Although we have done a lot of things just slightly different than expected during our trip, we think we’ve overruled ourselves this time. Traveling in Central Asia is different and teached us different habits of people, they eat different, they live different and their way of life is totally different from ours. Also they drive different cars than people drive in Europe. All the time we were driving around here there was one car that totally got our attention, the UAZ Bukhanka. We totally fell in love with this car, or better said Dani totally fell in love with this car. There was absolutely no better birthday present she could ever think of and even though things started as a joke we now have, not for Dani’s birthday, but together bought a new car. We’re the proud owners of an old, dusty, not drivable Russian van, but hell we’re enthusiast!

This old Soviet bastard is now ours

Before we bought this new project we first had to drive to Bishkek. We had finally reached Osh, the second biggest city of Kyrgyzstan. But with the plans we had in mind we had to move to Bishkek as fast as we could since we had no idea how long the whole project would take. After one night in Osh we left the next afternoon to Bishkek, but instead of leaving the city first thing in the morning, we went into the city with a guide. This time for a food tour, although we knew most central Asian dishes, it was nice to learn more about this food and experience it in a different region. Together with our guide from “Destination Osh” we had a very nice morning. After that it was time to start driving.

Dani’s favorite tour, the food tour Tom likes it as well 😉

Nature between Osh and Bishkek was extremely beautiful and changed a lot. We drove through small villages, past an huge lake and through the green mountains and over high passes where still was lots of snow to be found. The route was beautiful, but because we wanted to reach Bishkek as soon as possible we almost didn’t stop. We camped only one night and reached Bishkek the next day in the evening. When we arrived Bishkek we also saw Loes and Harm, a Dutch couple who came all the way from The Netherlands with their motor and Landcruiser to Central Asia. Loes and Tom knew each other from their studies and during our whole trip we stayed in contact. We just hadn’t seen each other yet. Finally that changed and accompanied by a few cold beers we enjoyed the night and talked about all our adventures of the past months.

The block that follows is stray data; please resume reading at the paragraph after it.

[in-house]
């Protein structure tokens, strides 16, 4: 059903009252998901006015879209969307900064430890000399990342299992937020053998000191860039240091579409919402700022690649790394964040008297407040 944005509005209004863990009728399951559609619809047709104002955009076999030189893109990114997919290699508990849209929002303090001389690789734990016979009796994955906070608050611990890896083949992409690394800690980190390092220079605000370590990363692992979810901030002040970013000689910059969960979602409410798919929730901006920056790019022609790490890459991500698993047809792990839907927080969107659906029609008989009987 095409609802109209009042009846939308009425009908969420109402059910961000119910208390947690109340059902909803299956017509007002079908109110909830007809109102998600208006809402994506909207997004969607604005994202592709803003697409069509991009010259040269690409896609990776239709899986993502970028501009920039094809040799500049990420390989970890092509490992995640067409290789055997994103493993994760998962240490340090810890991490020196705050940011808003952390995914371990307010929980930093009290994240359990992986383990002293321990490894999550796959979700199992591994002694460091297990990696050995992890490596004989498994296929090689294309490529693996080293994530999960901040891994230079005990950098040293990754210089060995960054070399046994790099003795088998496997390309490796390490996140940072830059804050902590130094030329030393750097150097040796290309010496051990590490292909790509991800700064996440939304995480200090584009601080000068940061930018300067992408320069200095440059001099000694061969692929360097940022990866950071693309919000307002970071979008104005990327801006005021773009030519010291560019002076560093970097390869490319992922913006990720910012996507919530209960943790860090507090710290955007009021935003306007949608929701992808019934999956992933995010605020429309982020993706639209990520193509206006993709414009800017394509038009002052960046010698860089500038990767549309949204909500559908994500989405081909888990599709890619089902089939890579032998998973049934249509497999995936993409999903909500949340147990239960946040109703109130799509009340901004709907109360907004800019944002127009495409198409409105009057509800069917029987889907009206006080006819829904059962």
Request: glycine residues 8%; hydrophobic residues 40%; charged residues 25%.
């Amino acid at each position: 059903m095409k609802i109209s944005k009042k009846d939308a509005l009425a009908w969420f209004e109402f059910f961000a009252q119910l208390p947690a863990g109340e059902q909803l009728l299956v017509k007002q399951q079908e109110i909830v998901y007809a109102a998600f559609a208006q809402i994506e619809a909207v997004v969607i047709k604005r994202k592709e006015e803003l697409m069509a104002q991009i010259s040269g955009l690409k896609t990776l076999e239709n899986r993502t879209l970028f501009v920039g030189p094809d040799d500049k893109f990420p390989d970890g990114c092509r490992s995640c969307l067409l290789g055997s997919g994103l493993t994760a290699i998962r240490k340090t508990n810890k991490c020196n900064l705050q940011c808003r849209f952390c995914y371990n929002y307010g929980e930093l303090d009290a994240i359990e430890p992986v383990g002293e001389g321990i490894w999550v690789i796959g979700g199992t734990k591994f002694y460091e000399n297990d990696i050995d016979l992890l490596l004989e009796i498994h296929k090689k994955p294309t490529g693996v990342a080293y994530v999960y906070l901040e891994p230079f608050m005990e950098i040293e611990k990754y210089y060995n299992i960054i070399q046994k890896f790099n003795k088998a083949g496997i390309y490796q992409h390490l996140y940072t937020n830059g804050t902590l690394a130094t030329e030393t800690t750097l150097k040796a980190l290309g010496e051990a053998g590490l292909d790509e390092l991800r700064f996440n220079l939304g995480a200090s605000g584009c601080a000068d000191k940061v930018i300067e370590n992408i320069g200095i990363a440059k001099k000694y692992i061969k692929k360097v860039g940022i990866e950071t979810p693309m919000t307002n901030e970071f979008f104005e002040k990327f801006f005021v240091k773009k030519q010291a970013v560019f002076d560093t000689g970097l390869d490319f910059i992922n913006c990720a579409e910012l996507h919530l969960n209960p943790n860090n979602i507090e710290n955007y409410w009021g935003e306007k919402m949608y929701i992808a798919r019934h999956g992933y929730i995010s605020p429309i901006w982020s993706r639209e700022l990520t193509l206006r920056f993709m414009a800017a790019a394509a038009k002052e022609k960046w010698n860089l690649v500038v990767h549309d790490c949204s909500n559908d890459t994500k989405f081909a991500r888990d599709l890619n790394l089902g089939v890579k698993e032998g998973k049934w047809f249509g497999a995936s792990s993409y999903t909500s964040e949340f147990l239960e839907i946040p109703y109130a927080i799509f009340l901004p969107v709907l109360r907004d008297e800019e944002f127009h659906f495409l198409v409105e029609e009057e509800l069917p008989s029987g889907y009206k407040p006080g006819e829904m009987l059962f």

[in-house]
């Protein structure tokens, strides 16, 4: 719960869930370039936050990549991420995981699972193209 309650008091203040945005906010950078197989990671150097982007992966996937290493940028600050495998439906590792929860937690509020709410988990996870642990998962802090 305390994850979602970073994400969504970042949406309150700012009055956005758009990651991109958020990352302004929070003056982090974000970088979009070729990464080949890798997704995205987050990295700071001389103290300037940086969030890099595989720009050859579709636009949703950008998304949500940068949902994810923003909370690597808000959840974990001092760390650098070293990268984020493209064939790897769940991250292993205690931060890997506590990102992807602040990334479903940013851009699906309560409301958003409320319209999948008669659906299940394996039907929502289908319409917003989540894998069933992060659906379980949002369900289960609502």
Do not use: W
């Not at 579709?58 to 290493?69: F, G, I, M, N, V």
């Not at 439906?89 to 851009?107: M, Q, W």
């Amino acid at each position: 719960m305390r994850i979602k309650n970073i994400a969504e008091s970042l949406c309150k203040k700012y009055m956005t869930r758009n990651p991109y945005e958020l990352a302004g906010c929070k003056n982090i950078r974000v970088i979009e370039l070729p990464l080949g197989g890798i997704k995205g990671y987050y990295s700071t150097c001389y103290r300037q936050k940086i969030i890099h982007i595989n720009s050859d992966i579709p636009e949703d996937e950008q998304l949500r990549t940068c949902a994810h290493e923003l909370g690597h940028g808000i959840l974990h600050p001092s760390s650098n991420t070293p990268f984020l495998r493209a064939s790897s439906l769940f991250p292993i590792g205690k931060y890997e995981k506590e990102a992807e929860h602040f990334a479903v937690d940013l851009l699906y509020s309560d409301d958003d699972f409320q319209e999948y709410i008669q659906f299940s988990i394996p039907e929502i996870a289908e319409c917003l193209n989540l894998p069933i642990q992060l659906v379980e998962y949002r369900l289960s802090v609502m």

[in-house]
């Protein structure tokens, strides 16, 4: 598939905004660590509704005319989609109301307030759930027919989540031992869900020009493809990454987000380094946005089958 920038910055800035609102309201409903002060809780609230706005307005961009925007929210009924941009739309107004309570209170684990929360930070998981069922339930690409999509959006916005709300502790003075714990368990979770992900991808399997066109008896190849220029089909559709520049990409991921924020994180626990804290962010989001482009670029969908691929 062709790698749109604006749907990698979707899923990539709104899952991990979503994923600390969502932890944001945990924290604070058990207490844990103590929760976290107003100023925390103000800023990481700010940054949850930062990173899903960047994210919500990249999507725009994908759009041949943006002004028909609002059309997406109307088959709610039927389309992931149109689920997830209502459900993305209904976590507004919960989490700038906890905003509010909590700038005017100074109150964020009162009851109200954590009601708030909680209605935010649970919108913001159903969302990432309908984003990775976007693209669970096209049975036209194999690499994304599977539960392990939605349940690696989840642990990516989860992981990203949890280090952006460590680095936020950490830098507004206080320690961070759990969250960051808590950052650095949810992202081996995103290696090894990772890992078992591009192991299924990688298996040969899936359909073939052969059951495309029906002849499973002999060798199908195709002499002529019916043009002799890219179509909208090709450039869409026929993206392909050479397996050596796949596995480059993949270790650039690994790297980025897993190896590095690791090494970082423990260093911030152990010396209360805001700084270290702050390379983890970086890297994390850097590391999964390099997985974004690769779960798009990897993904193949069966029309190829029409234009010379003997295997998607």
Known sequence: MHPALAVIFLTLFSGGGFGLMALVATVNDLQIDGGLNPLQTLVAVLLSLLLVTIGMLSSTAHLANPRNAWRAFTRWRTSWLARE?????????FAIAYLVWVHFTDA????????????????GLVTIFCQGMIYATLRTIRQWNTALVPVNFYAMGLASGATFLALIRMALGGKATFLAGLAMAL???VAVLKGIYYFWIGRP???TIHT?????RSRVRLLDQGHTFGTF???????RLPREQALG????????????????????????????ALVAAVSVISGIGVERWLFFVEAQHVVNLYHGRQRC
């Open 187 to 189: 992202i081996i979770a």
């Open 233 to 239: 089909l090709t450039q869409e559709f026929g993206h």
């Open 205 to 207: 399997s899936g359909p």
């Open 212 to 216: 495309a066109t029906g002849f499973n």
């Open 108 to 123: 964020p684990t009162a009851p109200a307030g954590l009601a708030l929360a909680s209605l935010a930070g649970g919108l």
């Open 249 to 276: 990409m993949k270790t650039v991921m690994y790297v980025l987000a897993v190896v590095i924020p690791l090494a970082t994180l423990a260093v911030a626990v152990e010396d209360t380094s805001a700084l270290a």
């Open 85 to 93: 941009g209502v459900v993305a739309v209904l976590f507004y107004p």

Finally we met with Loes and Harm

By now we had done lots of research about our potential new car. Also we found out that it was absolutely no possibility to sell our car to any local in the Russian Federation. Because of import taxes the car would be to expensive for anybody in Kyrgyzstan to buy. Still we decided to continue with our plans and together with a company that would help us buy the car we went to see one the next day, better said buy one. There had to be done a lot, but as far as we could see we made quite a good deal. Full of energy we started making plans for the inside of the van and full of trust we left our car with a garage who would mechanically fix the whole car. Unfortunately things were taking much longer as they promised us and by now three full weeks have past and it’s not ready yet. It drives, but lots of things still need to be done. Slowly time is getting more scarce, because we really should start driving back to Holland some point soon.

Still a lot of work to do

Fortunately there was no moment of boredom in the last weeks. We mainly did a lot of shopping on the different bazaars in Bishkek. There’s a car bazaar, a fabric bazaar, a bazaar for wood and one for construction work. You name it and there’s a bazaar existing in Bishkek which sells the thing. Most of them are build from old shipping containers which are shops. Although we really got used to the bazaars and that way of shopping, it still is surprisingly fun to go there every time. When we went shopping for wood last week there was a guy who felt extremely responsible for us and took us everywhere we needed to go. After we exchanged Instagram accounts he invited us to go picknicking with him and he was extremely disappointed when we told him we don’t know when we have time because of the “Bukhanka project”. Beside changing Instagram accounts with this guy, there’s a whole bunch of new Facebook friends from the car bazaar.

With Fred and our friend Nurlan (the middle one) from the car Bazaar